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28 February 2020

The Colour of Water

Six Equator designers recently sat down for a watercolour workshop led by Creative Director Martin Orme. This is how they got on…

Equipped with paint sets, paper, tools and even a how-to guide produced in-house by the workshop’s leader Martin Orme, members of our design team sat down to get creative and expand their skills sets in the medium of watercolour.


The six Equator employees who participated – Alex, Heather, Jack, Lejla and Inge - had all shown an interest in developing their watercolour knowledge and skills and were chosen for this first cohort because illustration was part of their development plan.


As designers used to facing creative challenges, they were all very keen to learn and to get stuck into the three-hour workshop. Their watercolour workshop essentials included a guide to the history, materials and applications of the medium, in addition to watercolour paint sets, hot-pressed, cold-pressed and rough paper, and an array of tools like a natural sponge, masking fluid and a spray diffuser so that they could experiment with creating various affects.


In the workshop, Martin outlined the materials and offered his own views on their use. He also shared examples across genres and usage, both from a fine art and a commercial perspective. The participants had been asked to bring examples that they found appealing or intriguing to open up a wider inclusive discussion.


“Beginning with simple mark making, we then moved on to using bleach, salt crystals and masking fluid as means of introducing special effects, textures and negative highlights,” said Martin. “We worked with watercolours in semi dried ‘pans’ but also liquid watercolours in order to explore the merits of each.


“We then each created a watercolour of a strawberry, which on the surface sounds quite easy, but avoiding the addition of white body colour, the challenge was to render the form with all its indentations, highlights, etc. People found different techniques to achieve their strawberries and it became a learning experience in itself to compare and contrast.”


Ahead of the session the designers had received a packaging brief to create a tea caddy using watercolours. This would help them to begin aligning their new skills with Equator’s business.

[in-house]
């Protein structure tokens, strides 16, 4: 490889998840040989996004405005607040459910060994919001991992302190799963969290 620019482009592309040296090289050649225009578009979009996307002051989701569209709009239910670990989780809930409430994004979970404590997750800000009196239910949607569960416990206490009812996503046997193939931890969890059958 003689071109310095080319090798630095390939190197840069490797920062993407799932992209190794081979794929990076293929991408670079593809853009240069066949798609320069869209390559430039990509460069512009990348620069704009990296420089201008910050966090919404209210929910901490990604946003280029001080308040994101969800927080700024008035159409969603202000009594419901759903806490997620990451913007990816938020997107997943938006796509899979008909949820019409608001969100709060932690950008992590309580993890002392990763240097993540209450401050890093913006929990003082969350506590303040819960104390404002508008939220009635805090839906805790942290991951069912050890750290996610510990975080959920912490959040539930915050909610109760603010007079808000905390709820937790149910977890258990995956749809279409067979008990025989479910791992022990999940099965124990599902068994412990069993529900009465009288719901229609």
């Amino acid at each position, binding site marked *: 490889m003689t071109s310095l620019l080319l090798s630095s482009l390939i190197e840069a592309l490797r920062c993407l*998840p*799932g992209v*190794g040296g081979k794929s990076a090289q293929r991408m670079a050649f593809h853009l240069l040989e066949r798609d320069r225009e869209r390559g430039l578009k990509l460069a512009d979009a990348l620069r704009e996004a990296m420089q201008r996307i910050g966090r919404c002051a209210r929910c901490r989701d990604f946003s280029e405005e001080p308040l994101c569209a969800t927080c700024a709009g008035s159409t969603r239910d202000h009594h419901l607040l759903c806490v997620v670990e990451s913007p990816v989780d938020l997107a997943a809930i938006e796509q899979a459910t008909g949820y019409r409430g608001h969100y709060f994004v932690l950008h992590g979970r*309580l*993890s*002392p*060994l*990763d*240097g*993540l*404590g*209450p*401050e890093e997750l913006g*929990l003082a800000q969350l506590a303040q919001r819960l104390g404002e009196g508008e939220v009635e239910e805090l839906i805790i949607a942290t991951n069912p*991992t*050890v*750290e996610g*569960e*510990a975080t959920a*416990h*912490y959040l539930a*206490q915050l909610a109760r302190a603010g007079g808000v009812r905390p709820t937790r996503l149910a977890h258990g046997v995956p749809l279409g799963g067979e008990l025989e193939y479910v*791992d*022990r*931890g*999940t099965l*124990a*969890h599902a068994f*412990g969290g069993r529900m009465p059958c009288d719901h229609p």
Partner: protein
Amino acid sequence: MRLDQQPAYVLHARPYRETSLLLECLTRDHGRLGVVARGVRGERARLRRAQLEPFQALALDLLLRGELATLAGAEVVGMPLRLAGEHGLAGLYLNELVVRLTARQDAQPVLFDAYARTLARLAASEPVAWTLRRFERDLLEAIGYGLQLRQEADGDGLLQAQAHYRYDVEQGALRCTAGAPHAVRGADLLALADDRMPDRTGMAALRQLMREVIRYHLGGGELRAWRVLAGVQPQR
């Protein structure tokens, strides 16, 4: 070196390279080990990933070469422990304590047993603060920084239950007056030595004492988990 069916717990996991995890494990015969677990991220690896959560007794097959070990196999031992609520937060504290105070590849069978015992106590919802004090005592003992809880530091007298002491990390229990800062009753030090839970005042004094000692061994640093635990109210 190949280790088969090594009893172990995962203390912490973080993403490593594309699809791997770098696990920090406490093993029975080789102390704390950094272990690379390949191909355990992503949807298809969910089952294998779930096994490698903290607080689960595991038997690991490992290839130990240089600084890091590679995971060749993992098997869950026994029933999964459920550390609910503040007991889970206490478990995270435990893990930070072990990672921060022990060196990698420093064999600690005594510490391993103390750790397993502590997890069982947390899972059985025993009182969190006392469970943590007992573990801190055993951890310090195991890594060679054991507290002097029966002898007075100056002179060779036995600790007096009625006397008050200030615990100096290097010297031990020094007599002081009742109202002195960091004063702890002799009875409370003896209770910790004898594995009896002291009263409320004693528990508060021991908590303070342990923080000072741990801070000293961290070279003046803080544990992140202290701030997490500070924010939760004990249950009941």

“The resulting tea caddies really showed the potential of watercolour. They demonstrate how we can adapt the medium to really suit our style, our individuality.


“I was surprised by the range of subject matters and I loved how the designers created and integrated their own brands to showcase their illustrations.” added Martin, who notes that Heather has submitted designs for a wine bottle in which she has used watercolours with salt crystals. Alex and Jack have also done ingredient illustrations using techniques covered in the workshop.


Heather said: “The workshop certainly helped me get to grips with the basics. I really enjoyed learning about the materials and hearing about people’s personal experiences working in watercolour. It was nice to have an open discussion about a subject matter, which we don’t always get to use at the same time as one another.


“I found experimenting with the materials to be very interesting, as well as understanding how to start a painting from the early stages, and time ran away with us building detail into our illustrations so that it became late on in the workshop to begin our tea caddy exploration. I’m looking forward to coming back together to see everyone’s techniques and how all the tea caddies are coming together.”


Inge, who also enjoyed the team building aspect of the workshop, said: “The watercolour workshop has already has come in handy when working on a new project. Even though I’ve dabbled with the medium in the past, being shown the differences in the materials and what to look out for is invaluable and gives me the know-how to make the right decisions from the start. We were given the opportunity to test our newfound skills, and also see other designers’ interpretations. I only wish it had gone on longer, and I am definitely up for part two.”


“It’s a medium I haven’t used in years and didn’t really have much understanding of,” said Alex. “I found the course very informative and learned some techniques that hopefully I will get the opportunity to use in a live job.”


Martin is now planning a second watercolour workshop, which would be double the length of this first offering, and he has already experienced a high level of interest from members of the Equator team. His aim is to build on this offering, and expand the course based on the feedback he received from the first session. He is also considering a workshop on visualisation and black and white ink illustration techniques.